What Kids Can Teach Adults About Leadership

04 Jan 2007|Miguel Winebrenner

On a recent holiday trip to Europe my wife and I experienced a technical glitch aboard one of the Eurail trains, which was handled in a way that ended up reminding me of a conference where I learned how kids can help calibrate our leadership skills.

First of all, I believe the train system in Europe is fairly decent, and I’m not exactly sure what caused the trouble, but as the train came to a stop all of the attendants/operators huddled together and were discussing how to solve the problem. We couldn’t understand all too well, but it was clear that they were trying to organize each other and assign responsibilities. However, they were over-analyzing the problem, to the point where nothing was actually being done to solve the issue. In America, we could refer to this as too many cooks in the kitchen. The problem was finally solved, but it reminded me of something I learned at a forum a few years ago.

Specifically, it reminded me of a leadership forum organized by NAMIC where we learned about leadership from the way kids rationalize certain things. In order to get to this point, the forum leader asked us four questions (that are routinely asked by child psychologists):

1. How do you get a giraffe into a refrigerator?
2. How do you get an elephant into the refrigerator?
3. The Lion King is hosting a huge party for all the Animal Kingdom, and everyone’s invited. But, one animal does not show up- what animal does not show up?
4. There’s a small river that is usually infested by deadly crocodiles, and you need to cross it. How do you get across?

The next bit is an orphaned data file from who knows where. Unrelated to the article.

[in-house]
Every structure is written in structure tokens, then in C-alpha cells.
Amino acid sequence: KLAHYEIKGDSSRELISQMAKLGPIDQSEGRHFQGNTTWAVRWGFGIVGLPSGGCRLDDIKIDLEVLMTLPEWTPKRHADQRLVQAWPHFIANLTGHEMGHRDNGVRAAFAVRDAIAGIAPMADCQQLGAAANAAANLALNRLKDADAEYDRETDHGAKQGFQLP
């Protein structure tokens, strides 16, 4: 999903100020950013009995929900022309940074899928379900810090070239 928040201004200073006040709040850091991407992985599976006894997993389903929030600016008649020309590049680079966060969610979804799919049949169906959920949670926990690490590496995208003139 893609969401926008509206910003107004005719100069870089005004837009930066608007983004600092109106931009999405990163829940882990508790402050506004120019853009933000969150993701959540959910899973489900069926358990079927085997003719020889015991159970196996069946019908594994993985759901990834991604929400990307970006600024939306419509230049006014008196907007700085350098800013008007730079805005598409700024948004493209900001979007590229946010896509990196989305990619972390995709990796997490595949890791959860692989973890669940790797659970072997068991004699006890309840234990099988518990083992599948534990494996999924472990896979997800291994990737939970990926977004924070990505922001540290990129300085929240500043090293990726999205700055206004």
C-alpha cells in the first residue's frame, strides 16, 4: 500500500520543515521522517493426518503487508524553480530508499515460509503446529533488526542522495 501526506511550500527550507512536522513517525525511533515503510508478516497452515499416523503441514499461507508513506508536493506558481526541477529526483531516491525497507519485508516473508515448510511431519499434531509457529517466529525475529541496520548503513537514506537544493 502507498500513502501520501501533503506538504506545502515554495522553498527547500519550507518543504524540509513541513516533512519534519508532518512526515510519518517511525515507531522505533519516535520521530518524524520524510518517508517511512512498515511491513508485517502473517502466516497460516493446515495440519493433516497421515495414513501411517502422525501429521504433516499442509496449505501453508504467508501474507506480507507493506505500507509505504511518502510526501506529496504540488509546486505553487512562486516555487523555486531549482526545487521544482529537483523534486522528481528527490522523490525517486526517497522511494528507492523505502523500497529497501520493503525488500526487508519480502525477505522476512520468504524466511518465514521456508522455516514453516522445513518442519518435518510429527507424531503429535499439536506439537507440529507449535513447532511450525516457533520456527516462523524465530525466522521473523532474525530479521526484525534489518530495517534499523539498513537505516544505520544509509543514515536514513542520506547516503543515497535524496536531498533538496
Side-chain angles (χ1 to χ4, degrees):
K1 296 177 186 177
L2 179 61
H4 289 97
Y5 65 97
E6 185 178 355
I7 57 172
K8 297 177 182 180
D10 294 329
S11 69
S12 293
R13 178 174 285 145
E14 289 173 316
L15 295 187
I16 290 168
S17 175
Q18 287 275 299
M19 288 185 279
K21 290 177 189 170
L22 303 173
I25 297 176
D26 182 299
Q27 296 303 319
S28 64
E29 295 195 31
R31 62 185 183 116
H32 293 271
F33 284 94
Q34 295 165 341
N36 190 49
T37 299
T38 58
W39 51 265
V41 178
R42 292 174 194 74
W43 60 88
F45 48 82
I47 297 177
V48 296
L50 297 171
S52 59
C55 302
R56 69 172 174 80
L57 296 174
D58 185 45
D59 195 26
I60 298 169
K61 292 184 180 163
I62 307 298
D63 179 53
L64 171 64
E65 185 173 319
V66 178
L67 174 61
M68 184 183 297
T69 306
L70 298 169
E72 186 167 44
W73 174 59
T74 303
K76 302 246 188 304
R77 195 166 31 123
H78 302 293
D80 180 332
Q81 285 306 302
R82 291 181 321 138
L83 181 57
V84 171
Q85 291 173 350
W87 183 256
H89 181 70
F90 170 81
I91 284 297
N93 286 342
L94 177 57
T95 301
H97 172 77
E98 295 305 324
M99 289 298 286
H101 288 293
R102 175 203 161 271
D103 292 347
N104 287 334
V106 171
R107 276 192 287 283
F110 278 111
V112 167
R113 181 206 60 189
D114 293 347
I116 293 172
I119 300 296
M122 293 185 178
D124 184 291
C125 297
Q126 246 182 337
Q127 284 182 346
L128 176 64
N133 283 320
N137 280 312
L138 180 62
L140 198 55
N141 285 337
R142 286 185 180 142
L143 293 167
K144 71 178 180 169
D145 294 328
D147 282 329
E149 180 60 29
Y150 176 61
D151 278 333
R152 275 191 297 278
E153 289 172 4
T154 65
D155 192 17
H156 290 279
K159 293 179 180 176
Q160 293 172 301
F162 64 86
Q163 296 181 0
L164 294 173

So as to not make this a run-on story, I will summarize how adults (including me) typically approach the questions followed by what kids answer to these same questions:

1. How do you get a giraffe into a refrigerator?
To this question, adults usually ask a lot of questions to try and dimensionalize: “How big is the refrigerator?” “How big is the giraffe?” “Can we cut the giraffe?” Etc.
Kids, on the other hand, would answer: “You open the door and put the giraffe in.”

2. How do you get an elephant into the refrigerator?
Again, adults ask a lot of questions: “Is the refrigerator big enough for both?” “Can I chop up the elephant?” “Can I burn it to ashes?” Etc.
Kids simply say: “You take the giraffe out, and put the elephant in.”

3. The Lion King is hosting a huge party for all the Animal Kingdom, and everyone’s invited. But, one animal does not show up- what animal does not show up?
Adults ask a bunch of good questions, like: “Are humans part of the animal kingdom?” “Can it be an animal that became extinct?” “Where is the party?” “Is there water nearby so that fish can attend?” Etc.
Without hesitation, most kids answer: “The elephant, because it’s in the refrigerator.”

4. There’s a small river that is usually infested by deadly crocodiles, and you need to cross it. How do you get across?
Adults would ask: “Is there a boat?” “How many crocs?” “Is there wood nearby to build a bridge?” Etc.
Children will answer: “You swim across because the crocodiles are at the party.”

Are you knocking your head against a wall? I did. However, the important thing here isn’t that adults don’t get it right and kids do. The moral of the story is that although details/analysis/discussion is good, in order to be a good leader we sometimes need to look beyond the obstacles and simply say, “Just open the door and put the giraffe in.” It definitely would have cut my train ride down by 30 minutes.

To learn more about the NAMIC leadership forum go to www.namic.com

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